Dental adhesives with bioactive and on-demand bactericidal properties

Abstract

Objectives

The aim of the present work was to perform the first in vitro evaluation of a new interfacial bond-promoting material-and-method concept for on-demand long term bacteria inhibition in dental restoration procedures.

Methods

The bioactivity, mechanical bonding strength and photocatalytic bactericidal properties, induced by low dose ultraviolet-A (UV-A) irradiation of dental adhesives containing crystalline titania nanoparticles (NPs), were analyzed.

Results

Dental adhesives with a NP content of 20 wt% were shown to be bioactive in terms of spontaneous hydroxylapatite formation upon storage in simulated body fluid and the bioactivity was found to be promoted by chemical etching of the adhesives. The mechanical bonding strength between the adhesives and a HA tooth model was shown to be unaffected by the NPs up to a NP content of 30 wt%. Elimination of Staphylococcus epidermidis in contact with the adhesives was found to depend both on UV photocatalytic irradiation intensity and time. Efficient elimination of the bacteria could be achieved using a UV-A dose of 4.5 J/cm 2 which is about 6 times below the safe maximum UV dose according to industry guidelines, and 20 times below the average UV-A dose received during an ordinary sun bed session.

Significance

The combined features of bioactivity and on-demand bactericidal effect should open up the potential to create dental adhesives that reduce the incidence of secondary caries and promote closure of gaps forming at the interface towards the tooth via remineralization of adjacent tooth substance, as well as prevention of bacterial infections via on-demand UV-A irradiation.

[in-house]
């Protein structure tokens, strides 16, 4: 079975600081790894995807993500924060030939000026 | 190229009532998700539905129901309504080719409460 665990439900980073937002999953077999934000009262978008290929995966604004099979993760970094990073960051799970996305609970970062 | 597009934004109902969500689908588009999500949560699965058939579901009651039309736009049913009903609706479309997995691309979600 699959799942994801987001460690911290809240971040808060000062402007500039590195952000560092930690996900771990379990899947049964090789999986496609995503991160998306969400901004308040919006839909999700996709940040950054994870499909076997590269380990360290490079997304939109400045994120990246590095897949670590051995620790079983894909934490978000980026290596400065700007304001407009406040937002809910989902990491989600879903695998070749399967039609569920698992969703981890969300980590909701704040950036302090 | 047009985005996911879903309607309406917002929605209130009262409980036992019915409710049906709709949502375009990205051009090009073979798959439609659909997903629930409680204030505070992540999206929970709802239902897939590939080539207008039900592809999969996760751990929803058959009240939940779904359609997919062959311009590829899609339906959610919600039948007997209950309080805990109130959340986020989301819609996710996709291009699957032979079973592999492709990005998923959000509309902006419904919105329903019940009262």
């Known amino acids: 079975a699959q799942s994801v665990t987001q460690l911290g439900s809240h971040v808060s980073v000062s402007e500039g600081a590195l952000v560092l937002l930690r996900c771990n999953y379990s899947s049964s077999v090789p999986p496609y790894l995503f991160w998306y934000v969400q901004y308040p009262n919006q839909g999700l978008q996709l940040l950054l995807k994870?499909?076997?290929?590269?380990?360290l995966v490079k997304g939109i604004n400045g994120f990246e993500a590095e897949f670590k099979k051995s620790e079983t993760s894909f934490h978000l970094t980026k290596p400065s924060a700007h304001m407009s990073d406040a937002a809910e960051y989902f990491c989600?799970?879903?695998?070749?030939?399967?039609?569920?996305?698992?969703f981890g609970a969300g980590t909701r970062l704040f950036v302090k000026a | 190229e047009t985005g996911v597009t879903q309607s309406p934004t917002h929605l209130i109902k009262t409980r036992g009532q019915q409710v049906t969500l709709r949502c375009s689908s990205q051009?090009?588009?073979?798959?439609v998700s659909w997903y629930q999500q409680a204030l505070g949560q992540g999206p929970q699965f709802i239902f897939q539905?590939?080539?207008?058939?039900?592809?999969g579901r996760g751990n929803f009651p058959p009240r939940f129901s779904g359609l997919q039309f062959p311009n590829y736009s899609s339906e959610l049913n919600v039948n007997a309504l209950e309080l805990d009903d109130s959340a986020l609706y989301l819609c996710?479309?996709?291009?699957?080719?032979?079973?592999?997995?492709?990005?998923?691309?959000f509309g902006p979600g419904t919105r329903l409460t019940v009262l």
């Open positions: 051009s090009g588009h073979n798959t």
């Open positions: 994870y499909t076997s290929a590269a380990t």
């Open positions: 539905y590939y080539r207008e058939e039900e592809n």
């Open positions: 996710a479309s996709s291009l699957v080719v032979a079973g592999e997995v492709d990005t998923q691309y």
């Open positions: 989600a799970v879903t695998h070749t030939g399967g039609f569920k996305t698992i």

Introduction

Dental caries is a prevalent oral disease. The development of caries is a complex interaction between the tooth and the acid producing bacteria colonized in dental plaque. It is also influenced by host factors, like saliva composition, dietary carbohydrates and oral hygiene . Today, resin-based composites are used as both adhesives and restorative materials and constitute the first choice for restorations procedures. The advantages of resin composite systems to the previously used amalgam include reduced removal of dentin in cavity restoration preparation, strengthening of the remaining tooth and better aesthetics through the control of the material color . In addition to composite restorations, adhesive dental materials are widely used in other dental applications such as orthodontics and fixation of amalgam, crowns, fixed partial dentures and veneers to the surface of teeth.